Dermatitis herpetiformis laboratory findings

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Editor-In-Chief: C. Michael Gibson, M.S., M.D. [1] Associate Editor(s)-in-Chief: Vishnu Vardhan Serla M.B.B.S. [2]


Dermatitis Herpetiformis (also called Duhring's disease), is a chronic itchy rash which is frequently associated with Celiac Disease. The rash is made of papules and vesicles which are present on different parts of the body mostly commonly on neck, trunk, buttocks and knees. It is an autoimmune mediated skin condition, which is IgA mediated reaction and is associated with gluten sensitivity of small bowel. There is presence of antibodies which leads to positive serology test results.

Dermatitis herpetiformis is associated with high prevalence of other autoimmune diseases.

Laboratory Findings

A skin biopsy and direct immunofluorescence test of the skin are performed in most cases; doctors may additionally recommend a biopsy of the intestines.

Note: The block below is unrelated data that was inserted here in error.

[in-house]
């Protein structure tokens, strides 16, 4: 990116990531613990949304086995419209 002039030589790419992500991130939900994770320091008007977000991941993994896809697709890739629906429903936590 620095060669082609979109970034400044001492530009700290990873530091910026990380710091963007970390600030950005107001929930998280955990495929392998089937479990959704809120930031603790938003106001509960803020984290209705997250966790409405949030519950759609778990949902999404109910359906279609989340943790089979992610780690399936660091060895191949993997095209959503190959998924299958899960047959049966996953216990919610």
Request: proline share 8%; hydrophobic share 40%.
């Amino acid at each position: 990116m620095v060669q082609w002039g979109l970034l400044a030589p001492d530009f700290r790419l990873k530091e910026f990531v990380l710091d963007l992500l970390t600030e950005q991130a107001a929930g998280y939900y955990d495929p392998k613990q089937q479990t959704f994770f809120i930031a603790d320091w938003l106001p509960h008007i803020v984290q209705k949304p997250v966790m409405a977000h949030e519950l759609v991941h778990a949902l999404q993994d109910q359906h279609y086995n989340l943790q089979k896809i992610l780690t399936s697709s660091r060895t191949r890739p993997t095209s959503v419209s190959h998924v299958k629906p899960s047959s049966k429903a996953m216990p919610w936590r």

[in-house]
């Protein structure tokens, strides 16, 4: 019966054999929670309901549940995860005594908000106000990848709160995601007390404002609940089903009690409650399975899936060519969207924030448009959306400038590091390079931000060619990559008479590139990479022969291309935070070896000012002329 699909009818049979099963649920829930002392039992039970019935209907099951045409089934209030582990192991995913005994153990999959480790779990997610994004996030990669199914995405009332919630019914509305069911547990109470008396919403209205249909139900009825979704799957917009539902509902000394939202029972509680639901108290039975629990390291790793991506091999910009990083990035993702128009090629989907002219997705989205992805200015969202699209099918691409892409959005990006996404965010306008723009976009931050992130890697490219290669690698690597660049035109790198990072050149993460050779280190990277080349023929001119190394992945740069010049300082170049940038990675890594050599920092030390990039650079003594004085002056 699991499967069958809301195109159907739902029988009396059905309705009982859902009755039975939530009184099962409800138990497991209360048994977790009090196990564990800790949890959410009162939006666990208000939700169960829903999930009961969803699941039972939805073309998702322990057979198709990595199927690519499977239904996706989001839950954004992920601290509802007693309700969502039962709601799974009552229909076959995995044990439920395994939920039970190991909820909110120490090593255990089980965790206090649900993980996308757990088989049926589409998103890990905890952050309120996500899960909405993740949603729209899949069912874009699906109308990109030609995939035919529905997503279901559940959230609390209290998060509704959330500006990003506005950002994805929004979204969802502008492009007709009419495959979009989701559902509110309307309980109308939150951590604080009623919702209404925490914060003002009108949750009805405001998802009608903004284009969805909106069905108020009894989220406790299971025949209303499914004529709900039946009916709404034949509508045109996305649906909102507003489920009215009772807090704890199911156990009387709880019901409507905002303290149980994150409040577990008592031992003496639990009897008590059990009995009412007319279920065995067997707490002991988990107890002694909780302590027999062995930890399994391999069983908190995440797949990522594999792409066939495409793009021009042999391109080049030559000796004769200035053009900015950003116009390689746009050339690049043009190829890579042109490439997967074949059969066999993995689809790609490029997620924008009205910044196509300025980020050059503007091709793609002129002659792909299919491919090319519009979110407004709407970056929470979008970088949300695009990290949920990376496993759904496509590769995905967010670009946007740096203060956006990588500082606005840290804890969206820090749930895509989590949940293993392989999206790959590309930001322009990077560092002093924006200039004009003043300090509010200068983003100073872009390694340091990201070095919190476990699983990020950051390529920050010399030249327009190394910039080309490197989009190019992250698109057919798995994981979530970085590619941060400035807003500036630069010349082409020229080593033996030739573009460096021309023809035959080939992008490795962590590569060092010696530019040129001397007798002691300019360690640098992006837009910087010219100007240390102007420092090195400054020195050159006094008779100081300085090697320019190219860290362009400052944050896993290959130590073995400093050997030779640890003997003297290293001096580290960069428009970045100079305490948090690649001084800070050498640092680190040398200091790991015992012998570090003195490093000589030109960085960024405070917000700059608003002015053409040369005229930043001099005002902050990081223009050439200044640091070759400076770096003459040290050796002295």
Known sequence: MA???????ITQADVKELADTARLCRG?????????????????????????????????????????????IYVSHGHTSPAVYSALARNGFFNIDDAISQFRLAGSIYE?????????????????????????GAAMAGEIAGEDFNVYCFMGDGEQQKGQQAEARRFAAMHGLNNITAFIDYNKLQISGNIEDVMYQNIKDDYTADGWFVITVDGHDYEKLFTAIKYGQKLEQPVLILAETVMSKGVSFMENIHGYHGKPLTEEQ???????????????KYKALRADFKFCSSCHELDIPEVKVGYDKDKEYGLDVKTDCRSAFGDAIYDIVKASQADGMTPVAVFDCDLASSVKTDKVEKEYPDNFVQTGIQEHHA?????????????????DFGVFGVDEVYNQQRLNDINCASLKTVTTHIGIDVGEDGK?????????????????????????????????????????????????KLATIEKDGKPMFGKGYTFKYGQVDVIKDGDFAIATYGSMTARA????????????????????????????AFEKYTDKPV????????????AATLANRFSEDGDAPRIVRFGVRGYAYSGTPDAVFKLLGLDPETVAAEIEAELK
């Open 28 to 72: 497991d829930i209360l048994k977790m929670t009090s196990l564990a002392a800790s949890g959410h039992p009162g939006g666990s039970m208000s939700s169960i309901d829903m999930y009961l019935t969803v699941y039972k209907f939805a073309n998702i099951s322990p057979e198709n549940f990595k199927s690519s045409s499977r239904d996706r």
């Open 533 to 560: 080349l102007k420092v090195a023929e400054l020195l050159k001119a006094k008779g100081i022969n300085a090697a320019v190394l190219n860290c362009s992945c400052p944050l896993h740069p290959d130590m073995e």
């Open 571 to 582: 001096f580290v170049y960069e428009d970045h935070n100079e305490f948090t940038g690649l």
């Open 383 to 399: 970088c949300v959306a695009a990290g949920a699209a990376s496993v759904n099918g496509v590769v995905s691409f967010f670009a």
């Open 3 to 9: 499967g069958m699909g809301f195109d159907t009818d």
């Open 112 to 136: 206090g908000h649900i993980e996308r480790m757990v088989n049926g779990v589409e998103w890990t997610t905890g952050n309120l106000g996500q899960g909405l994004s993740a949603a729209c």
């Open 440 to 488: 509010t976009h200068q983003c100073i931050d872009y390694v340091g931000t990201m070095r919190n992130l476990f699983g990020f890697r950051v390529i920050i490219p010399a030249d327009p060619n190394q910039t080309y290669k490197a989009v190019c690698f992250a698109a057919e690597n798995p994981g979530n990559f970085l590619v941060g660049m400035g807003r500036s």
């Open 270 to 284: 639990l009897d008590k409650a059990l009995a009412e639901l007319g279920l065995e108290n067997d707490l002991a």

Skin Biopsy

It is thegold standard test in diagnosing dermatitis herpetiformis. A punch biopsy is taking from the periphery of lesion and is observed under direct immunofluorescence microscopy. The results will show granular deposits of immunoglobulin A (IgA) within the dermal papillae.

Intestinal Biopsy

A punch biopsy is ideally taken from a small intact vesicle or inflammed intestinal wall. The results depends on the age of lesion and can vary from papillary microabscess to subepidermal vesiculation. There will be greater abundance of eosinophils as compared to other bullous diseases[1]


Serology is done to confirm the diagnosis of a patient presenting dermatitis herpetiformis with underlying celiac disease. The typically tested serological markers are 1)Enzyme-linked immunosorbent assay (ELISA) for IgA tissue transglutaminase antibodies ,2)ELISA for IgA epidermal transglutaminase antibodies (when available), 3)Indirect immunofluorescence for IgA endomysial antibodies and 4) Total IgA level. The total IgA level in very important in diagnosing celiac disease in a patient who have selective IgA deficiency[2].


  1. Weedon D. The vesicobullous reaction pattern. In: Weedon's Skin Pathology, 3rd ed, Elsevier, Edinburgh 2010. p.123. no abstract available
  2. Bolotin D, Petronic-Rosic V. Dermatitis herpetiformis. Part II. Diagnosis, management, and prognosis. J Am Acad Dermatol. 2011 Jun;64(6):1027-33; quiz 1033-4. doi: 10.1016/j.jaad.2010.09.776. PMID: 21571168.

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